Rwanda will reply that it has legitimate security concerns about incursions on its territory from groups that have sanctuary in the DRC. For instance, the Rwandans say they killed a DRC soldier on Rwandan territory in the last few days. It is true that Genocidaires, the term for those that perpetrated the genocide in Rwanda, and their descendants live, and have some form of sanctuary in the remote parts of Eastern Congo. The leadership in Rwanda says Rwanda fears any possible return (however unlikely) of the Genocidaires or the allies of the Genocidaires. At the same time, Rwandans are intensely disliked in Congo, with long memories of Rwandan military incursions in the DRC within shooting distance of Kinshasa on the far Western side of the country.
Meeting the Rwandans’ security concerns would have to be done in way that ensures that the DRC does not look “weak” in front of a disliked adversary like Rwanda. This sort of solution would require very delicate diplomacy over an extended period by the U.S. and as part of a more comprehensive strategic diplomatic and assistance approach in partnership with France, Belgium, the UK, Sweden, Germany, Canada, as well as a coalition of concerned African countries.
Rwanda’s interference is part of a more extensive set of problems for DRC, which require a bipartisan willingness to spend political and diplomatic capital to help solve the severe problems of the DRC.
The U.S. had a consensus for about 25 years to confront the challenges of Sudan and South Sudan. For example, President George W. Bush — with the support of a coalition of Evangelicals, Catholics, humanitarians, and human rights progressives — provided significant diplomatic and political capital to address the challenges of Sudan over eight years. The DRC has all of the humanitarian and human rights challenges of Sudan, with far greater national security and environmental security interests at stake.If Ukraine wins the war, democracies must help keep the peaceRise of the tax machines: IRS algorithms are coming for you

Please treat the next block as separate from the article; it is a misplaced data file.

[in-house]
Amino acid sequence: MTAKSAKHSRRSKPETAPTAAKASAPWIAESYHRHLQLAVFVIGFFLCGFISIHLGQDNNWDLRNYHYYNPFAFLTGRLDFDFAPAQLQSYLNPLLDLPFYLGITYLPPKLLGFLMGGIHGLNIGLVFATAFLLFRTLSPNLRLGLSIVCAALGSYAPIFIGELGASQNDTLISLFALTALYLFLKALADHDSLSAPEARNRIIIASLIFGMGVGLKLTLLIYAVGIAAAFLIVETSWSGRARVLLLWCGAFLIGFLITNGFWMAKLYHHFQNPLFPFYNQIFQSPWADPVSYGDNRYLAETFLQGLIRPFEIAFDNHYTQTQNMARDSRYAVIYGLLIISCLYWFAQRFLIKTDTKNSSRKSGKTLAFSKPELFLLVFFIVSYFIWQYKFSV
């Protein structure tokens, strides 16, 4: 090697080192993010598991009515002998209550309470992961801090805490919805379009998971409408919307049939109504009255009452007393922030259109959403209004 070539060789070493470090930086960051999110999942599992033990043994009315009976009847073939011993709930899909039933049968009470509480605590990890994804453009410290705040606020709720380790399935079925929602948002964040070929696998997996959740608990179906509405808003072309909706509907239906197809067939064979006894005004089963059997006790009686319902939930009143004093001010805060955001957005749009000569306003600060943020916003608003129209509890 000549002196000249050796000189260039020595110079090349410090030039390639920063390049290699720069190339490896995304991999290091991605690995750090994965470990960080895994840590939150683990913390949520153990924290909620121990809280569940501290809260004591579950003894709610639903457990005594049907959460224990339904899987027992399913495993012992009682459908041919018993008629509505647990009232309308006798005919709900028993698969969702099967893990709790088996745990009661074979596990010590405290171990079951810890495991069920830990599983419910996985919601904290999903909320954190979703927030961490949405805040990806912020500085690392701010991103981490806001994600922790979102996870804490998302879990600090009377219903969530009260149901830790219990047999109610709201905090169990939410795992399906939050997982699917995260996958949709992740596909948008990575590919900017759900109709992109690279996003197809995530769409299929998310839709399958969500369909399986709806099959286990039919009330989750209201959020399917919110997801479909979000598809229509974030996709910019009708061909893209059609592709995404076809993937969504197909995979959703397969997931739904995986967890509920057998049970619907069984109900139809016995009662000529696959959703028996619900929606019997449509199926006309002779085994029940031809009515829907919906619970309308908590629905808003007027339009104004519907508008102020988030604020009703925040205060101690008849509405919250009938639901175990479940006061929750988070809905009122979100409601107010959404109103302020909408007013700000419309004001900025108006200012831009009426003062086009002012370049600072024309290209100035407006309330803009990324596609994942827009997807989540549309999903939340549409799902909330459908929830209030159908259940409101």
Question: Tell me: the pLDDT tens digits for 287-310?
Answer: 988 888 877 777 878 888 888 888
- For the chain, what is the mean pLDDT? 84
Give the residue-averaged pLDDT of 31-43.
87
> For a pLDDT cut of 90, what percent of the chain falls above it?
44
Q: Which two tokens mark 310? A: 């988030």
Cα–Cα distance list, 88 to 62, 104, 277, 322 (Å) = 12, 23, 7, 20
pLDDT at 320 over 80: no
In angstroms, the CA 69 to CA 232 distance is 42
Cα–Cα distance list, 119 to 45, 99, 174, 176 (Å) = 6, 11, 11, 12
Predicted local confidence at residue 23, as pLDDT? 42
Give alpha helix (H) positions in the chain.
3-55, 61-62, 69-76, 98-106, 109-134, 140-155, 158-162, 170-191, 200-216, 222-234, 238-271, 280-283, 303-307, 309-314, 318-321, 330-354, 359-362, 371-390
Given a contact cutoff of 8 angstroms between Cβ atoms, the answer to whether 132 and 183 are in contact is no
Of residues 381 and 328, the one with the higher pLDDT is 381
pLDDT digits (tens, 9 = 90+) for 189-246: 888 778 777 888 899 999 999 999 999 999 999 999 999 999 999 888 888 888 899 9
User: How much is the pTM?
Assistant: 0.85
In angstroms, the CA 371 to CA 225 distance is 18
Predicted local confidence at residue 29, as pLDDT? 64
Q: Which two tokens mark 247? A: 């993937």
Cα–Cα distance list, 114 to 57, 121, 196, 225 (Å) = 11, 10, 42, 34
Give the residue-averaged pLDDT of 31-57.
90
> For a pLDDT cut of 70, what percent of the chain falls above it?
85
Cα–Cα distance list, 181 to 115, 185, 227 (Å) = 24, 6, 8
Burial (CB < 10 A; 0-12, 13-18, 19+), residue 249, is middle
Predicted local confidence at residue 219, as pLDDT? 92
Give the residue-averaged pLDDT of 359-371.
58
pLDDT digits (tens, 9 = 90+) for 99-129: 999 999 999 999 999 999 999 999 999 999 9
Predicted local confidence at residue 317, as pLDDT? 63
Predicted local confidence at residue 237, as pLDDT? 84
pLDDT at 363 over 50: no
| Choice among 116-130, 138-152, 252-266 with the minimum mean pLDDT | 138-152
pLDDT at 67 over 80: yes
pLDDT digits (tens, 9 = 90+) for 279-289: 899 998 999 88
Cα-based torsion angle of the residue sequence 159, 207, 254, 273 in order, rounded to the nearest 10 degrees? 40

To address DRC’s structural problems, the United States will need to consider a broader set of steps. First, the United States should establish a stronger diplomatic and development presence in Eastern Congo. Ideally, key European partners would do the same and, in the future, all would establish consulates. After Benghazi, opening a U.S. consulate in a dangerous place takes years. Second, there should be a Special Envoy for the DRC (and Rwanda and Uganda). The challenges of the DRC require a regional approach. We have not had a Special Envoy since J. Peter Pham in the Trump administration. Third, the United States needs to quickly identify and nominate strong ambassadors for DRC and Rwanda. Fourth, the U.S. and others should consider the future of the ongoing United Nations mission. Fifth, a “Friends of DRC” caucus of Republicans and Democrats should be convened, and the House and the Senate should hold hearings specifically on the DRC. Finally, at the upcoming African leaders’ summit, President Biden should meet with the President of the DRC bilaterally.
The immediate challenges require a longer-term approach to DRC similar to the two-decade commitment the U.S. made to Sudan. The United States government will need to dedicate more bandwidth and work with like-minded states to address these long-term challenges.
Originally published on thehill.com on June 20, 2022.